I've only done a small bit of skiing/snowboarding (holiday advice needed)

(15 Posts)
Jeann Mon 15-Oct-12 16:51:59

agree with iseenodust, Austria is the best. go somewhere unkown while you are still learning, you won't need expensive snow!
try SkiSemmering.co.uk

Belgianchox Fri 05-Oct-12 13:00:50

St Sorlin d'Arves and La Toussuire are both good resorts for beginners/intermediate skiers. They're part of a much bigger ski area too, called Les Sybelles, altho you can just purchase the resort area, and get an extension for the bigger ski area if you're feeling more confident at the end of the week. Access is easy from Lyon or Geneva airports (2hrs) or Chambery and Grenoble airports too, there's a shuttle service in place to get from the airport to the resorts. I live locally, and am always surprised how few British tourists there are here, given the quality of the skiing.

OneMoreMum Fri 05-Oct-12 13:00:40

We went to Avoriaz for our first boarding holiday (like OP had learnt on an indoor slope in the UK). It was great as the central location of the apartments means you can go back mid-day for a rest (and cheap lunch) then head out again later in the day.
We booked 3 private afternoon lessons for the 4 of us rather than a whole week of lessons, since we had done the beginner stuff at home, was a pretty steep learning curve though..
Our second week abroad was in Les Coches on the edge of La Plagne, it would also make a good first trip abroad (and accessible by Eurostar but that's crazy money at hakf term), although a much quieter resort that Avoriaz.

IwishIwasmoreorganised Thu 04-Oct-12 20:02:54

Avoriaz has a lot of ski in and ski out self catering apartments.

Only about 1 1/2 hours from Geneva.

Alibabaandthe40nappies Thu 04-Oct-12 19:59:39

Courcheval, Morzine are lovely. We like La Thuile in Italy too - small resort with good lift system.

Nigglenaggle Thu 04-Oct-12 19:56:05

I was also going to add Courcheval - lovely for beginners and nearby Meribel is not too bad either, although from memory some of their greens are pretty flat in places so better for skiers than boarders.

iknowwho Thu 04-Oct-12 08:28:51

Thanks everyone for the advice!
I go to the chill factor quite a bit to board but I have booked in for some lessons as a bit of a boost.

I've never snowboarded abroad before and I have got February half term off so I am quite excited about making plans now.

toomuchcoffeetoomuchwine Thu 04-Oct-12 01:23:12

I second Cervinia in Italy (fly to Turin). Great for intermediates, short drive from airport, very beautiful scenery & high so snow-sure. Avoid Switz unless you want to spend a lot of money, bad exch rate. Courcheval has a lovely central section of green runs but from memory quite a long airport transfer & pricey.. Portes du Soleil resorts (Avoriaz / Morzine etc) might work & are close to Geneva. Avoid Chamonix, a lot of it is pretty tricky. Val D'Isere has some nice green / blue stuff up high, but resort fairly expensive & lacks character, I did not like it too much.

If you are not going to be skiing hundreds of km every day there are many smaller resorts to choose from where lift passes will likely cost less than Val etc. Alpbach in Austria is a pretty ski village with nice intermediate skiing, good for families, on the low side though.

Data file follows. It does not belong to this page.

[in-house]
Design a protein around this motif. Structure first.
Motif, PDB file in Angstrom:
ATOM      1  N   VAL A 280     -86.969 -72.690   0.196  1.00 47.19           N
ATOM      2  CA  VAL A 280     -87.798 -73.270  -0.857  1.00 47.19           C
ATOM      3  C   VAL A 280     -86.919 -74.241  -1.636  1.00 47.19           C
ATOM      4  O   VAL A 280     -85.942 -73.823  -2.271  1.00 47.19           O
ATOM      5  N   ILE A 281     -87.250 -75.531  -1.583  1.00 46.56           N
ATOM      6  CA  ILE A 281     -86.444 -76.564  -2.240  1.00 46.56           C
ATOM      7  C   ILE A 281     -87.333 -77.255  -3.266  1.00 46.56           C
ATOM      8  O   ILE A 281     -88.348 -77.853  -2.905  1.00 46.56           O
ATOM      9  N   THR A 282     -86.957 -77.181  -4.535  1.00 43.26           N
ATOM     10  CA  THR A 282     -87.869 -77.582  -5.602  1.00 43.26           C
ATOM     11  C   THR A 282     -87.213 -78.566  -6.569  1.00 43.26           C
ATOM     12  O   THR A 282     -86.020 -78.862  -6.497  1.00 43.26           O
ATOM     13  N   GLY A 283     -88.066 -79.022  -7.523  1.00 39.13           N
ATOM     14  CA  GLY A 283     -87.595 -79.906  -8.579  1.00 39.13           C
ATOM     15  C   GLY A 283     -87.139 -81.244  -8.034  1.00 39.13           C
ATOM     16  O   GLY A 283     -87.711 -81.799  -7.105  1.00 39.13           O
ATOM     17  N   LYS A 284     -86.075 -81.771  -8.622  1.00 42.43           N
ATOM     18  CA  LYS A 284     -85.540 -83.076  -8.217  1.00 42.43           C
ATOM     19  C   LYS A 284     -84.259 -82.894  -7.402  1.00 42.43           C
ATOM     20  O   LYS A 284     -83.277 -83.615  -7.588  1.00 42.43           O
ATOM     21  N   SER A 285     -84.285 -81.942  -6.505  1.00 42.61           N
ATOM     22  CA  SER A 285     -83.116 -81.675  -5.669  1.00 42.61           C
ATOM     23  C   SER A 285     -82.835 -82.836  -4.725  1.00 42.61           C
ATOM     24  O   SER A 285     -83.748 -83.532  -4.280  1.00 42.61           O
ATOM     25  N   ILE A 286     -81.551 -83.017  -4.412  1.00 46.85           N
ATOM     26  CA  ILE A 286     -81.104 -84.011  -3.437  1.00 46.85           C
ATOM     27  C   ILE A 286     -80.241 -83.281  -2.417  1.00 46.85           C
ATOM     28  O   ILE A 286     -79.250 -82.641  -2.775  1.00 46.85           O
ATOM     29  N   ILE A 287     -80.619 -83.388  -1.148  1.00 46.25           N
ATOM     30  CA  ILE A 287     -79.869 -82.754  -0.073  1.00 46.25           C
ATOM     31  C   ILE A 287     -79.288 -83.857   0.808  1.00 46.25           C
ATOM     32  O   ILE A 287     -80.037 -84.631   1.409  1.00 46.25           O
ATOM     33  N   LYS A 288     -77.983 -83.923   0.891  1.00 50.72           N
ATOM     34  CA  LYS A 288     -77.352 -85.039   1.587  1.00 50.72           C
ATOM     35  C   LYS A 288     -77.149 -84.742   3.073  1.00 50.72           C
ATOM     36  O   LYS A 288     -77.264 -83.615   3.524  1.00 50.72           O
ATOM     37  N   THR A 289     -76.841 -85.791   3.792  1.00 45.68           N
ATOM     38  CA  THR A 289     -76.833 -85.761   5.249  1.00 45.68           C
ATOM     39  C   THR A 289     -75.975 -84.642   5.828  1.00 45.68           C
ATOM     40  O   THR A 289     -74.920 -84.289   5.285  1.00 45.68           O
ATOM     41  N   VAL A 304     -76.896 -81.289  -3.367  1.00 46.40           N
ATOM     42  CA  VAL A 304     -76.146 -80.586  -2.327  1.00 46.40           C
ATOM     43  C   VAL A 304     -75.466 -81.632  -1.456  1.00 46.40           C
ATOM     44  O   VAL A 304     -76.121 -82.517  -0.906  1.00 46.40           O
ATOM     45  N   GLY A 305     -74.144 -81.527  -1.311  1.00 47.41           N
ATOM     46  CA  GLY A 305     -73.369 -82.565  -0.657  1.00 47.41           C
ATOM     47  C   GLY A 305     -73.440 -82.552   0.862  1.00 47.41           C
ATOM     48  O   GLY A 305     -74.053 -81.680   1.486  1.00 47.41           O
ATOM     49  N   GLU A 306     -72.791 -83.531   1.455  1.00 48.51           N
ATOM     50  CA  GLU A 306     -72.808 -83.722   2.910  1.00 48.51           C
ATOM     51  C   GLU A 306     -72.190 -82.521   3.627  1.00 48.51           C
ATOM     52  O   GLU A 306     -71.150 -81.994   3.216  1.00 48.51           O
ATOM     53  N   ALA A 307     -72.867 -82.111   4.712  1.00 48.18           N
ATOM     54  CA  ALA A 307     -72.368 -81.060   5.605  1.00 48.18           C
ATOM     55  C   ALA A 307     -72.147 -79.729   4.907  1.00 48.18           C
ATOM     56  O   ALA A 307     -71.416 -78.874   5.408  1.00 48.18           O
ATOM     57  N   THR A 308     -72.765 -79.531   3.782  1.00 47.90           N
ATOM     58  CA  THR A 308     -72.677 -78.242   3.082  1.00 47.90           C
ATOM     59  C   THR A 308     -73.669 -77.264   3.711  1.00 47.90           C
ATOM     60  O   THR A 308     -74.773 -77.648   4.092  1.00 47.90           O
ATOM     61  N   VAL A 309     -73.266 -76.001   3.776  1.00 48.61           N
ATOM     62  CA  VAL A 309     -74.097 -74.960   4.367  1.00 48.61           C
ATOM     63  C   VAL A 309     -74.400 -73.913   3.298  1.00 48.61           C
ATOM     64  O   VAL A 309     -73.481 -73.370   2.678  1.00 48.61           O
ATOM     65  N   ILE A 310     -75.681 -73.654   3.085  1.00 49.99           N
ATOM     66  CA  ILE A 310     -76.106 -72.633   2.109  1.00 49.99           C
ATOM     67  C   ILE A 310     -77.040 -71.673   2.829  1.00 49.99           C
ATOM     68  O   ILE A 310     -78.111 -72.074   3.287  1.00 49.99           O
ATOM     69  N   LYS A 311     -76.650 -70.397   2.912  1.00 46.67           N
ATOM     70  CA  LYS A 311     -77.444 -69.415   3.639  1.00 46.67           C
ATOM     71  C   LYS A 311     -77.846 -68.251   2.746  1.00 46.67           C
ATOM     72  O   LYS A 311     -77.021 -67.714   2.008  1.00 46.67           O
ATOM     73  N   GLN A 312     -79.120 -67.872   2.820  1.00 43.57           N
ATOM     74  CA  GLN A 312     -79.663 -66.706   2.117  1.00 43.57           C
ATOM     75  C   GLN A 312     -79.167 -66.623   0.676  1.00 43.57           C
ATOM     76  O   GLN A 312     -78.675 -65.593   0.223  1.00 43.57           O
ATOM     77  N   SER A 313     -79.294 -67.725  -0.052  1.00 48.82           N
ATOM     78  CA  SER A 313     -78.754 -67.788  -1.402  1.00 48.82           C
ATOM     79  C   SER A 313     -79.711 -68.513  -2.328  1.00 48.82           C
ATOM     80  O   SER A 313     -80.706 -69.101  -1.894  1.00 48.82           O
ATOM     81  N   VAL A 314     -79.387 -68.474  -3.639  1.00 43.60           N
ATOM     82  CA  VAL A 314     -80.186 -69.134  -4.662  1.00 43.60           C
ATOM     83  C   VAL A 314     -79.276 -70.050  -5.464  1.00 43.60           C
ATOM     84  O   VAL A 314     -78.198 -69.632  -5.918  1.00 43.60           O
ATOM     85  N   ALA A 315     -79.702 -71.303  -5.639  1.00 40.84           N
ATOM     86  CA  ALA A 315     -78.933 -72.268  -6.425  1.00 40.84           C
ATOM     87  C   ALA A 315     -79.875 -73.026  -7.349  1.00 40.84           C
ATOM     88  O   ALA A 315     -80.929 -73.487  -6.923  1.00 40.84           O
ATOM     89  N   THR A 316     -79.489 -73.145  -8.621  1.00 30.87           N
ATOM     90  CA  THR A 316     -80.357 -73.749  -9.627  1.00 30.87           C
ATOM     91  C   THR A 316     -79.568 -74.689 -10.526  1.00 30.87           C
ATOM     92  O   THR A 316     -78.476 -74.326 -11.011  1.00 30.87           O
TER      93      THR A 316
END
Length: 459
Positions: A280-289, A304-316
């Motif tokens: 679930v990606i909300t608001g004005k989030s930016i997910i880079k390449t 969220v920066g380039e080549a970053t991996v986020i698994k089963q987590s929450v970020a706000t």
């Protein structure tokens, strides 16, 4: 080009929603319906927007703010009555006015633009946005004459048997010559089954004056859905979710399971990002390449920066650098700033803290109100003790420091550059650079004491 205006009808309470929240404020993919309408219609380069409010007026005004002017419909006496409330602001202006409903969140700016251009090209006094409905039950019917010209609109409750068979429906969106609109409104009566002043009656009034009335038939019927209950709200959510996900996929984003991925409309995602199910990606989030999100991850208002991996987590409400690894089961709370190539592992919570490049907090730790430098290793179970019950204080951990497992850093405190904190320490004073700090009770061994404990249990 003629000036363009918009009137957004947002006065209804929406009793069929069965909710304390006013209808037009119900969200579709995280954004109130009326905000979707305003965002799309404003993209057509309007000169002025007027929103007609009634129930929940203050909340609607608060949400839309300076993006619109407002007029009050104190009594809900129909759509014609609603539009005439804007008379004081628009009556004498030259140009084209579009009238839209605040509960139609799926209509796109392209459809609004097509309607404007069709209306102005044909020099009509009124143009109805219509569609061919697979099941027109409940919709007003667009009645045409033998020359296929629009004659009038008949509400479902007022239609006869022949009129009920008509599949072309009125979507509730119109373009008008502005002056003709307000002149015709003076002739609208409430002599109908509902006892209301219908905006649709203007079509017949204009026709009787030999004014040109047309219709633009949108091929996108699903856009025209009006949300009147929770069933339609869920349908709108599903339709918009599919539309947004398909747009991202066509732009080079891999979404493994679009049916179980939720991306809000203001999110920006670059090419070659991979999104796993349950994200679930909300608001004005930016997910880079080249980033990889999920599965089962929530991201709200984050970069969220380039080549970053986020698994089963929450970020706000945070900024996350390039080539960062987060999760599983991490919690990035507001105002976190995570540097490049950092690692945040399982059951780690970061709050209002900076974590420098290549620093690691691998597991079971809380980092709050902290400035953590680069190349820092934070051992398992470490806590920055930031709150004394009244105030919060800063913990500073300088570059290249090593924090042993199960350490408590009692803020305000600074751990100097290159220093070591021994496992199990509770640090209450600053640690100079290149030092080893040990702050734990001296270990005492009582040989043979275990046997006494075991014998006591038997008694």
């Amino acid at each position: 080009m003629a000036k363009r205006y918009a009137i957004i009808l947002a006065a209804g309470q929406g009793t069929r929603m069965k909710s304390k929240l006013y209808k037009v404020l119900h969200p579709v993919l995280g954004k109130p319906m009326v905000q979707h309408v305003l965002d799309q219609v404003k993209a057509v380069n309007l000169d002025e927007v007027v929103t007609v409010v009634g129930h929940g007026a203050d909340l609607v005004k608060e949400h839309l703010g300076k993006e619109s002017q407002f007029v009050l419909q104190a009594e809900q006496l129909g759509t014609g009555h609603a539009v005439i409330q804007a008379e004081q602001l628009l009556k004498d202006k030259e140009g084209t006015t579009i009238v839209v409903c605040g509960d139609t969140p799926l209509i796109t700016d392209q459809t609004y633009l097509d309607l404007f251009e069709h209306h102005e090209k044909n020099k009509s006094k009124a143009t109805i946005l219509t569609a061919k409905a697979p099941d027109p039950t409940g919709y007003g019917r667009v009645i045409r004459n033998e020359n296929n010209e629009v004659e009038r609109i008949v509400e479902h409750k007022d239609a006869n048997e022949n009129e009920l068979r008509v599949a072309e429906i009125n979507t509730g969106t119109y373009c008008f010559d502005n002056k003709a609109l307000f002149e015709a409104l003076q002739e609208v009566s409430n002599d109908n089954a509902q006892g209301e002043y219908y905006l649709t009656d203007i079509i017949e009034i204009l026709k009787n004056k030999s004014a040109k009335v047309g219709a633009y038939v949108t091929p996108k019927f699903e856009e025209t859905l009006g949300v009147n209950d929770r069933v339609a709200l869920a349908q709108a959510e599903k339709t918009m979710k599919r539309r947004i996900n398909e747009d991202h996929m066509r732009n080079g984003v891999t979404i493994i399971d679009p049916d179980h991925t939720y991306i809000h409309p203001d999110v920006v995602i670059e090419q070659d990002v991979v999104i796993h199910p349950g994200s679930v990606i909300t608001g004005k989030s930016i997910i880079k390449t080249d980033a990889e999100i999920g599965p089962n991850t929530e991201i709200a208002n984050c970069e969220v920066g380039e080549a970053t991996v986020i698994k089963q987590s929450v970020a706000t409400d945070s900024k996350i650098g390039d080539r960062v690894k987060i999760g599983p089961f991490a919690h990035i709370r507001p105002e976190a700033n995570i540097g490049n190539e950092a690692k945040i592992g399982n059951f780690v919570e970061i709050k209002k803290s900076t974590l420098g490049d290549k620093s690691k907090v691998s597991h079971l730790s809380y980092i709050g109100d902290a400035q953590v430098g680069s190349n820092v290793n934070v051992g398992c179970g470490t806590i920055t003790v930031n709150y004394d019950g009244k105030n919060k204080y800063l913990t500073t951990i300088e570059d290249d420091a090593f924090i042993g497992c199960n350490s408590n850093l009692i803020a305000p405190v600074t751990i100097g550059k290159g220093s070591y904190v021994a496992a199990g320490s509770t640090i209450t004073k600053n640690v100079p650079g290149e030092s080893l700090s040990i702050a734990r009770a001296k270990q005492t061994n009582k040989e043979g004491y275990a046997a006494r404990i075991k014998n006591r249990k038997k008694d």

PigletJohn Wed 03-Oct-12 11:26:14

Cervinia is very high, so has dependable snow (this has been quite a problem in recent years due to global warming). As you are on the South side of Monte Cervin/the Matterhorn it tends to be quite sunny. If you can afford Zermatt, which is the other side of the same hill, it is more picturesque and efficiently run.

The Austrian resorts are generally lower and so they usually have softer snow, and sometimes less of it.

massistar Wed 03-Oct-12 10:53:23

I learned to board in Scotland. Trust me, after that, anywhere else will seem like heaven! Sunshine instead of freezing sleet if you're lucky and groomed pistes without the odd predatory rock or patch of grass waiting to trip you up!

MrsCornish Tue 02-Oct-12 22:47:31

This is a very good website for info on ski trains.

PigletJohn Tue 02-Oct-12 22:38:48

if you possibly can, go to a dry slope at least four times before your trip and take classes.

You can fall over for £20 an hour instead of £400 a day. It's a bargain.

By the time you get there you will not be falling over so much and will have fewer aches and pains as you will have stretched and strengthened the necessary muscles.

Don't wear anyhthing smart or valuable as the slopes are dirty and abrasive. Wear mittens or leather gloves. If you have your own boots you can use those.

iseenodust Tue 02-Oct-12 22:10:34

Having had a lot of ski lessons, I would suggest Austria. They have by far the best instructors (after USA). Often Aussies over for the winter. Suggest take a look at Mayerhofen or Zell am See or Kitzbuhuel as resorts that can cover all abilities & have good range of accomodation.

Nigglenaggle Tue 02-Oct-12 22:03:38

I dont know about the ski train, but Cervinia is great for novices (although I am a skier not a boarder) - lots of easier runs. Self catering should be fine in most places if you book early. You can always hire snowboards. smile You can go over the border to Zermatt in Switzerland if you feel confident

iknowwho Tue 02-Oct-12 20:25:15

Me and Ds2 (13)have only had long weekends in the Cairngorms skiing or snowboarding.

We fancy going a week somewhere in the February half term.
I have heard about the ski train to get to resorts. We would prefer a self catering appartment and be able to hire snowboards.
We are having improvers lessons at the Chill factor for snowboarding.
Can anyone give advice on places to go, tips and any general info?

I have thought about Slovakia or Switzerland

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